#### FZ+

[vain hope]Maybe he meant y^2 = (-5/x)^2?[/vain hope]

#### Artman

[vain hope]Maybe he meant y^2 = (-5/x)^2?[/vain hope]
No. The problem was written as y^2 = -5/x^2. It could be written y^2 = -5/(x^2) without changing the meaning.

Isn't it true that if I was to find a solution set for this equation I would have to use the unit imaginary number i? Like this (iy^2)*(x^2) = -5 or (y^2)* (ix^2) = -5.

#### HallsofIvy

Homework Helper
The original post said "I am supposed to determine without graphing, if the following equation is symetrical to the x or y axis or to the origin. The equation is y^2 = -5/x^2."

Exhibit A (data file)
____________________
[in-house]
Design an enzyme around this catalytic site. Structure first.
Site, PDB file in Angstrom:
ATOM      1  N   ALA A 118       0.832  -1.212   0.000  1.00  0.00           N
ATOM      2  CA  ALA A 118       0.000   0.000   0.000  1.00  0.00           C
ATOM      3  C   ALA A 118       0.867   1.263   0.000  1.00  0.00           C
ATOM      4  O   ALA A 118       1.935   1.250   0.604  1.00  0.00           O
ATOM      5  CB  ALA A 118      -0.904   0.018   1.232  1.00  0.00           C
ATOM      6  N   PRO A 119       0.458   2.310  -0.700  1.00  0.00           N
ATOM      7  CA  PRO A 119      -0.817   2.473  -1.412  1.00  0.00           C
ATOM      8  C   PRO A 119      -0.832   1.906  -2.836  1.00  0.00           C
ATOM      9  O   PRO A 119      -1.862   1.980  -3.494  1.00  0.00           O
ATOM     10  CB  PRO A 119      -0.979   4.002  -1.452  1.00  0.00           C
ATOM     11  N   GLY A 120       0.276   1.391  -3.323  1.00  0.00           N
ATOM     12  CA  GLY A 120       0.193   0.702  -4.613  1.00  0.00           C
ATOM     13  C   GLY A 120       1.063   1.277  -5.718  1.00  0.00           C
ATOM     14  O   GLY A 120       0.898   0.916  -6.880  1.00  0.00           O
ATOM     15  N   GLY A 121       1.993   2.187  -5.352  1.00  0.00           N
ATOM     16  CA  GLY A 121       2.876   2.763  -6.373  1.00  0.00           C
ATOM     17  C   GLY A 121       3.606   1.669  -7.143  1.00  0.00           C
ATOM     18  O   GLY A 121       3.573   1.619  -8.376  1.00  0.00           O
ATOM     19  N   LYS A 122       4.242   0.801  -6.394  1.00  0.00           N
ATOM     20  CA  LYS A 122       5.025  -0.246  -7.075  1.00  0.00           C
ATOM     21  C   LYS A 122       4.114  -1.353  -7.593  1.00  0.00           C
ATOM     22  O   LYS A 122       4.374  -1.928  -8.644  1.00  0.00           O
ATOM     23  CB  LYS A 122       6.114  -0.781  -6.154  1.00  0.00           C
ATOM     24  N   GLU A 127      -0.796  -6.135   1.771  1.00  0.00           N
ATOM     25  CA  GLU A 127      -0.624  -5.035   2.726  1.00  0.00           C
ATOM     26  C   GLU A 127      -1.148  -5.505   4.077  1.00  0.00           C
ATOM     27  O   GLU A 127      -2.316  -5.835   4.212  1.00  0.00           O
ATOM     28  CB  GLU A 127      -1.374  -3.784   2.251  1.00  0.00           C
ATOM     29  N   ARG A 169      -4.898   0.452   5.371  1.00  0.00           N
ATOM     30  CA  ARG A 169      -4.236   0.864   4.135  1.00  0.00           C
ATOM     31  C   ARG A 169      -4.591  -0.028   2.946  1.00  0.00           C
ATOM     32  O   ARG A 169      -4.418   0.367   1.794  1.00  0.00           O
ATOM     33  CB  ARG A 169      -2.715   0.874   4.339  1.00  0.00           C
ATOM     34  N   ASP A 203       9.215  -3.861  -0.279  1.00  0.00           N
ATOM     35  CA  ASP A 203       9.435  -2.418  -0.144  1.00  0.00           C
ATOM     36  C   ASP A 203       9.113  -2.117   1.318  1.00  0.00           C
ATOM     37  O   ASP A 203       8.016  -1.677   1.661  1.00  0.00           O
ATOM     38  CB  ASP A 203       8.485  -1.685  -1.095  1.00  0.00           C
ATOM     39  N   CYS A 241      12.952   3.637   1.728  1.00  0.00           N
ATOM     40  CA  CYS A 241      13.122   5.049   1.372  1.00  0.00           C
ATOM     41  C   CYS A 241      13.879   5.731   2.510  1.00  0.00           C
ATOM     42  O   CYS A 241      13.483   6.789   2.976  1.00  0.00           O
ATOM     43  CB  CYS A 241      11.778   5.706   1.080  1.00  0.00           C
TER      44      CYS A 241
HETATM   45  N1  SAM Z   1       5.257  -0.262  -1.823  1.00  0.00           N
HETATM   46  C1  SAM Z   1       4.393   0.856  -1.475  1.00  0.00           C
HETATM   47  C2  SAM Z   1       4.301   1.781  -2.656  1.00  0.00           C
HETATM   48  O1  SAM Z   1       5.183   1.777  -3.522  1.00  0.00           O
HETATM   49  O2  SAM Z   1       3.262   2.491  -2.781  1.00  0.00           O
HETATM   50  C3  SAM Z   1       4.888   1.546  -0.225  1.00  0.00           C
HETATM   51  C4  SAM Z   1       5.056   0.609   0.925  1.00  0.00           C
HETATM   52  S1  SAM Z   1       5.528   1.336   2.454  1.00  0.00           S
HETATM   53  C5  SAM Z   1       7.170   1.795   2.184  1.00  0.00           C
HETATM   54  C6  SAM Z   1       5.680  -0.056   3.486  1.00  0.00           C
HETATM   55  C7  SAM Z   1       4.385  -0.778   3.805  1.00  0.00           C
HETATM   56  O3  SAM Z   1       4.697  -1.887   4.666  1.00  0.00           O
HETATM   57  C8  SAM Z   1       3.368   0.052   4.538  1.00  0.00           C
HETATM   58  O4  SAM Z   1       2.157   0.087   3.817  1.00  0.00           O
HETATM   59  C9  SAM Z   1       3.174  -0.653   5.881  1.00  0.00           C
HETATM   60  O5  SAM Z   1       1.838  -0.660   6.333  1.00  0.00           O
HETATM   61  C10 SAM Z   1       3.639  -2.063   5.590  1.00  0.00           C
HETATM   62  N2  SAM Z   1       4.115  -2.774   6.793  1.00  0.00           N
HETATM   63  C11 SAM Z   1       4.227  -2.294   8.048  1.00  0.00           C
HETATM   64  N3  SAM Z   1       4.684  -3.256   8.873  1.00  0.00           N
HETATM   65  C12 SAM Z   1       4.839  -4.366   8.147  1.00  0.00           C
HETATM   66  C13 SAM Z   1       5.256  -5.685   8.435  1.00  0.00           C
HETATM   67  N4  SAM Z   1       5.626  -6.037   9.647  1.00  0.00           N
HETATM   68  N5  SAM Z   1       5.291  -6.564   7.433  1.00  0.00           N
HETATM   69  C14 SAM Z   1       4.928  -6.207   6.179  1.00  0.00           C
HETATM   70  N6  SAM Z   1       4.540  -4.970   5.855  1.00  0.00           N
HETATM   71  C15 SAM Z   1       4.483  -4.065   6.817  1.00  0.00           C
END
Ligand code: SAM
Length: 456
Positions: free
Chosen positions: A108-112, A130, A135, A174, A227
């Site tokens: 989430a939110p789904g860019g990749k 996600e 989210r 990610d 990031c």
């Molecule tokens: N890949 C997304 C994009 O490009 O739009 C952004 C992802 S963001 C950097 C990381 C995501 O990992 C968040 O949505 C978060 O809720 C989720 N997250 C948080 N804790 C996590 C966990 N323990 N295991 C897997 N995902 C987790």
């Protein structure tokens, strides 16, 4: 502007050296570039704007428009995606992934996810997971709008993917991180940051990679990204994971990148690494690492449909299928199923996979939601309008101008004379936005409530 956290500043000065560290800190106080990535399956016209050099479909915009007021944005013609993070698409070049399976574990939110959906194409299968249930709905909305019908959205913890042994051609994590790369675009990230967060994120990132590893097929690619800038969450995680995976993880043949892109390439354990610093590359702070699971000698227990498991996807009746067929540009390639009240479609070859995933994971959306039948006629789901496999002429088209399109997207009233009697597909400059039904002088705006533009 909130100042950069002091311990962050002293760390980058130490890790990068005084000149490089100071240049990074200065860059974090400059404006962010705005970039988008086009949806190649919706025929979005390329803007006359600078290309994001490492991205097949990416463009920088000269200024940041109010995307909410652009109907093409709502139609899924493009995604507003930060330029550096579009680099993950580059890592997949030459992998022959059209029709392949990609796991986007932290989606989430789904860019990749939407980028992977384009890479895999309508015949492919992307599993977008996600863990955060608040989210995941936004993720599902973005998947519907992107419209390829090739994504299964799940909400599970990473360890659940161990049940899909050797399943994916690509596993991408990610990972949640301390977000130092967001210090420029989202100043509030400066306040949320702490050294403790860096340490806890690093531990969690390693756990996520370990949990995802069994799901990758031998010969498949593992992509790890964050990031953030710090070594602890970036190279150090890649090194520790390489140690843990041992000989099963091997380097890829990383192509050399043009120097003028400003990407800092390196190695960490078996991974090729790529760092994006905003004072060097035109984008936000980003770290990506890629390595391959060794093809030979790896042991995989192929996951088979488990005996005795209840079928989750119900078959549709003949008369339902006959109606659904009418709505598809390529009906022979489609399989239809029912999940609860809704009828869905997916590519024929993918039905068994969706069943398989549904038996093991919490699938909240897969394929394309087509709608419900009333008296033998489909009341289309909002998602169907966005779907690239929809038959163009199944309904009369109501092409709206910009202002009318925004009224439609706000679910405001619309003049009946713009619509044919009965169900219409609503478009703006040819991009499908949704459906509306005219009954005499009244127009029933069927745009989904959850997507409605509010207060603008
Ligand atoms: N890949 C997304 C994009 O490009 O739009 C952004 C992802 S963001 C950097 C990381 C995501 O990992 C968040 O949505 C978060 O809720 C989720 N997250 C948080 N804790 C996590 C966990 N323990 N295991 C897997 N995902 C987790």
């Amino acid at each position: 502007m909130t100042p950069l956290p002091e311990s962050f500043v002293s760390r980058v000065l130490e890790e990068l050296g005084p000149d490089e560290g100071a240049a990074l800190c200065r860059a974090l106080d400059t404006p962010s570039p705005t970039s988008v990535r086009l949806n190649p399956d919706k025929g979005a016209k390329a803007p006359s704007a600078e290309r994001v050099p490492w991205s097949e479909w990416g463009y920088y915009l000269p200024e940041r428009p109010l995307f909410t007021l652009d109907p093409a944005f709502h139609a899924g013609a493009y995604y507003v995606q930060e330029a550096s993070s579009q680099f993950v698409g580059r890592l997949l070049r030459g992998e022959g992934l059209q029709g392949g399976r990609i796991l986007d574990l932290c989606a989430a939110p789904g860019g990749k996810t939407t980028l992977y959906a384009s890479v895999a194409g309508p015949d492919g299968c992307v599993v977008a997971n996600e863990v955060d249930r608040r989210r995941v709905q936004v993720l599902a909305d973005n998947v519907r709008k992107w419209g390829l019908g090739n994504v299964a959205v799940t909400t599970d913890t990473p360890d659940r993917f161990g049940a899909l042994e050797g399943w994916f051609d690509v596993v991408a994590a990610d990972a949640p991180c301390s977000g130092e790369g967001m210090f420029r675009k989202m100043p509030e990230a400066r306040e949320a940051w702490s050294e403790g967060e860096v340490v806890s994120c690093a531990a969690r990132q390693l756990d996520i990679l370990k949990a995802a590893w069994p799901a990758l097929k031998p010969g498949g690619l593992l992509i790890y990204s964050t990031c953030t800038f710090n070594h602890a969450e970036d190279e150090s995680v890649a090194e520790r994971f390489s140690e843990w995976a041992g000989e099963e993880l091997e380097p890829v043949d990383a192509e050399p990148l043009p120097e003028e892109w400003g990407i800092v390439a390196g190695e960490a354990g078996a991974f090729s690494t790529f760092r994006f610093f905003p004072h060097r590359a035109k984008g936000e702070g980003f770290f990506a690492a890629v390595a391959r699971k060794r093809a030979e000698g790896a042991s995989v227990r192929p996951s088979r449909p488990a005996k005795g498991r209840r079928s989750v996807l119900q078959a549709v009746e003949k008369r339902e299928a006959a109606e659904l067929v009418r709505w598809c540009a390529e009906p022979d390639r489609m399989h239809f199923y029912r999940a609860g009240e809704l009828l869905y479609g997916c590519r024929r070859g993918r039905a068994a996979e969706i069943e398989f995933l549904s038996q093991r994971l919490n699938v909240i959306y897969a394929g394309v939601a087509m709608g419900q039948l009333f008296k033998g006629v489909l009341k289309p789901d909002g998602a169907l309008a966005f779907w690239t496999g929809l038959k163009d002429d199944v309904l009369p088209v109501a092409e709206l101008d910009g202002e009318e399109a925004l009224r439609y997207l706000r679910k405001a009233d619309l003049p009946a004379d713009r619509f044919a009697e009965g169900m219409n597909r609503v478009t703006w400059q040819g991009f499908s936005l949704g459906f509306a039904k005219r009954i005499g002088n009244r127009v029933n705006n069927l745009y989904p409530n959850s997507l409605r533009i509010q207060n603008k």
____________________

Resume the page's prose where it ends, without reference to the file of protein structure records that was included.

The whole point is that the graph is the empty set! (By the way, the question of whether or not the "equation" is symmetrical is non-sense. SETS OF POINTS, such as graphs, are, or are not, symmetrical so I assume this meant "determine if the graph of the equation is symmetrical".)

If you are using as your definition of symmetrical:

"A set of points A is symmetrical to the x axis if and only if whenever (x,y) in in A then (x,-y) is also"

"A set of points A is symmetrical to the y axis if and only if whenever (x,y) in in A then (-x,y) is also"

"A set of points A is symmetrical to the origin if and only if whenever (x,y) in in A then (-x,-y) is also"

Then the empty set is symmetrical in all three ways because the condition is vacuously true. That is, the statement "if a then b" is true if a is always false as in the case of the empty set.

#### arcnets

Agree, HallsofIvy.

#### HallsofIvy

Homework Helper